Wouldn’t this be a fantastic world if the International Women's Day (IWD) did not exist? Or, better phrased, if the IWD did not have to exist. If that world would be a world where being a woman would not entail having fewer chances or being treated unequally. Oh, what a wonderful world this would be.
Yet, even in a world-class economy such as the UK, even in the XXI century, being a woman still comes with a number of disadvantages. For example: same work with lower salary; increasingly under-represented when moving up the stages of an academic career; gender bias in teaching evaluations; unequal share of household chores; and the highest uptake of home schooling in lockdown during the Covid-19 pandemic. As tough as it sounds, the United Nations reminds us that despite the world having made unprecedented advances, no country has achieved gender equality. As such, the International Women's Day is a global day to celebrate all the achievements of women, in every dimension: social, economic, cultural and political; and it is also a day to reflect on the existing (sometimes invisible) barriers, and call for change.
Through this blog we want to reflect on the achievements of women in the landscape of Health Economics and Outcomes Research (HEOR); and call for change in the areas where inequalities still exist. We illustrate this with data on gender diversity among speakers at well-known HEOR associations: the International Society for Pharmacoeconomics and Outcomes Research (ISPOR), and the Health Economist’s Study Group (HESG), the main health economics association in the UK.
ISPOR’s ‘Women in HEOR initiative’ provides an insight in their journey towards gender diversity (we invite you to visit their slides as presented at ISPOR Europe 2019). In that session, Nancy S. Berg (CEO and Executive Director of ISPOR) showed that of all plenary speakers at ISPOR Conferences the percentage women increased from 26% in 2016 to 42% in 2019. Similarly, good progress had also been achieved among programme committee members, up from 23% women in 2016 to 53% in 2019. The most positive piece of news perhaps is related to panel gender diversity. In 2019, all accepted panels were gender diverse. Among abstracts submitted, 11% were men-only (‘manels’), and 2% women-only (yeah, that exists).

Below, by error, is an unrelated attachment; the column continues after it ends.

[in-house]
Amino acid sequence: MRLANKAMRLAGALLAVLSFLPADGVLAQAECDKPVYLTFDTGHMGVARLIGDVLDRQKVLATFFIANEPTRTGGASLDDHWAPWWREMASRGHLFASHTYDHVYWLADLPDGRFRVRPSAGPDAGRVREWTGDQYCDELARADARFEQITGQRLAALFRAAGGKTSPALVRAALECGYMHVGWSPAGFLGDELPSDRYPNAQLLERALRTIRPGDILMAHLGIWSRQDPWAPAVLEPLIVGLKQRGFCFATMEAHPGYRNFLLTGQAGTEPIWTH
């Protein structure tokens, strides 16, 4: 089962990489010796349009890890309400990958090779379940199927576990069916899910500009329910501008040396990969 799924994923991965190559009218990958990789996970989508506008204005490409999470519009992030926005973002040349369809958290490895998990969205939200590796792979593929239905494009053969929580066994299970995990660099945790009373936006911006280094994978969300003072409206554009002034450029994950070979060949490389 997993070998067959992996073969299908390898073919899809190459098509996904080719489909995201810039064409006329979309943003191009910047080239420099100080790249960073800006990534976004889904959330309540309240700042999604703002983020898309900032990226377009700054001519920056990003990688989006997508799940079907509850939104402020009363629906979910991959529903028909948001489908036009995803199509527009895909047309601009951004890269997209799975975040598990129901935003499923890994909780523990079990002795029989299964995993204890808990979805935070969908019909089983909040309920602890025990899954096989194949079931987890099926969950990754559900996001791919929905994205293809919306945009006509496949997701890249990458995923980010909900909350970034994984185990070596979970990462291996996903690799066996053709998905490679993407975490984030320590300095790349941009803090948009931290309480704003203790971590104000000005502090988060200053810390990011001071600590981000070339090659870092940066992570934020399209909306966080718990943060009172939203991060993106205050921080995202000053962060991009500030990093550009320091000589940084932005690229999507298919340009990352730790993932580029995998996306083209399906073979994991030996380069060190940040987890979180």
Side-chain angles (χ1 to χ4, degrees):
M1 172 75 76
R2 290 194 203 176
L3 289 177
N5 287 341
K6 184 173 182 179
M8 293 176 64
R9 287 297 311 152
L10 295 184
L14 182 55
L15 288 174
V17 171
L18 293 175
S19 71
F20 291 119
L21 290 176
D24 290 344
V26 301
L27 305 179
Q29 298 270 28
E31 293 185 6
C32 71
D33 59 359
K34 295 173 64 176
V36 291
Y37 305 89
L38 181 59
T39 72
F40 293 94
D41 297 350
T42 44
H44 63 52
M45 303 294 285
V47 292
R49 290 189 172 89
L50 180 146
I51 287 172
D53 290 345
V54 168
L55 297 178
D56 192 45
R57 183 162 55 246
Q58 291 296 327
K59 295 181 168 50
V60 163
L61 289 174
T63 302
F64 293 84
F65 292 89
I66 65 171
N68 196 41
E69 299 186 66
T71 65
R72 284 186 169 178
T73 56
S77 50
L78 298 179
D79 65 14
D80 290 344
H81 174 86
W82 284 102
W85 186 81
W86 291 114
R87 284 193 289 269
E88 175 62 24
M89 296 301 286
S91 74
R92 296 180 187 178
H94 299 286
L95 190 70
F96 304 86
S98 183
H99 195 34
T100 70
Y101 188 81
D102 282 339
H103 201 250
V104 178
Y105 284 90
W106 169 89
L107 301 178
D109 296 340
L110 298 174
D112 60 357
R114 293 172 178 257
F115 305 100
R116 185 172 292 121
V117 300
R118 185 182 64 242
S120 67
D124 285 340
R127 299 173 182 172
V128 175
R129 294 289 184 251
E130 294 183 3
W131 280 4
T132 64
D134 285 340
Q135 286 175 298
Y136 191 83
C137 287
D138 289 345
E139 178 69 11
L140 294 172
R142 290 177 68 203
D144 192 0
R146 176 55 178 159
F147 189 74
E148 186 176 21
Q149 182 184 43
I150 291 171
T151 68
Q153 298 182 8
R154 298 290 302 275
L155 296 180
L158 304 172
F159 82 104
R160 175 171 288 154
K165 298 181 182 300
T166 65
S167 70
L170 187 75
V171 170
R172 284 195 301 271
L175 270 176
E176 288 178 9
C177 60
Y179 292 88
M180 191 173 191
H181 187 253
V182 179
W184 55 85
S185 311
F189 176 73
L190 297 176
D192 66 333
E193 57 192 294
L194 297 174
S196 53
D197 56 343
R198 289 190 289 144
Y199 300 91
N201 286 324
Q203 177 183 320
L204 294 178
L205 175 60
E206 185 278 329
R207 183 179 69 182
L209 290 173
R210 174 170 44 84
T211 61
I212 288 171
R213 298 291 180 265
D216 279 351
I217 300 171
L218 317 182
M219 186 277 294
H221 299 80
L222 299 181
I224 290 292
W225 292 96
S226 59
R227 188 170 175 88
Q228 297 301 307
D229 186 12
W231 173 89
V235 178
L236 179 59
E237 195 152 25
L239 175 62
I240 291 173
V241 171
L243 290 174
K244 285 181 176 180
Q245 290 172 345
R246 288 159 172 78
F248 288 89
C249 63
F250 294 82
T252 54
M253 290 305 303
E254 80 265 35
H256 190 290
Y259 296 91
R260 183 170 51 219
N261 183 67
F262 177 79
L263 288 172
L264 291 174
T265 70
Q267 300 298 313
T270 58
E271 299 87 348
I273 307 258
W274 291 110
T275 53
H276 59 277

While we do not have exact data on the gender diversity of its members, the HEOR field in general does not strike us as particularly men-dominated, in terms of the relative proportion men and women working in this field. So, encouraging as they are, these results may still reflect some under-representation of women presenting their work at conferences. In perspective however, the results are not that bad: another report analysed events across 23 countries over a 5-year period (2013-2018) and found the uncomfortable truth that, of more than 60,000 event speakers, less than one-third were women (about one-fourth in the UK, we’re afraid). To further improve this, event organisers should ‘mind the gap’, while women should be encouraged to present their work and be a leader as much as men are. While this may sound like a daunting task given where we are today, HESG shows that achieving good representation of women is very well possible even at the highest ranks, with 54% of Heads of Health Economics Units in HESG identifying as women (boosting the UK’s gender diversity reputation in one go, thank you very much!).
International Women’s Day also calls for a shout out to all the great men out there, our allies, who actively advocate for and support gender diversity (and other types of diversity for matter). These are smart men too, as they understand that all of us, regardless of gender, will be better off with more diversity. Also, we would not be economists if we did not point out that, aside from gender equality being a value in and off itself, there is also a diversity dividend to gain from it. Diversity has been shown to significantly improve financial performance on measures such as profitable investments and overall returns. How so? Diverse teams make better decisions. As an organisation that exists to inform better decision- and policy-making in health, what could be more important?
Finally, though, a confession: at OHE, gender diversity is not actually top of mind every single day. The reason? It does not have to be. Mostly, gender equality seems a given to us, as it is ingrained in our organisational culture. Across the team, across roles and in the management team, women are equally represented if not outnumbering men. Pay is equal and career chances are too. Today at International Women’s Day, the OHE team celebrate this feat and realise to never take it for granted. We, still, are the exception, not the norm.
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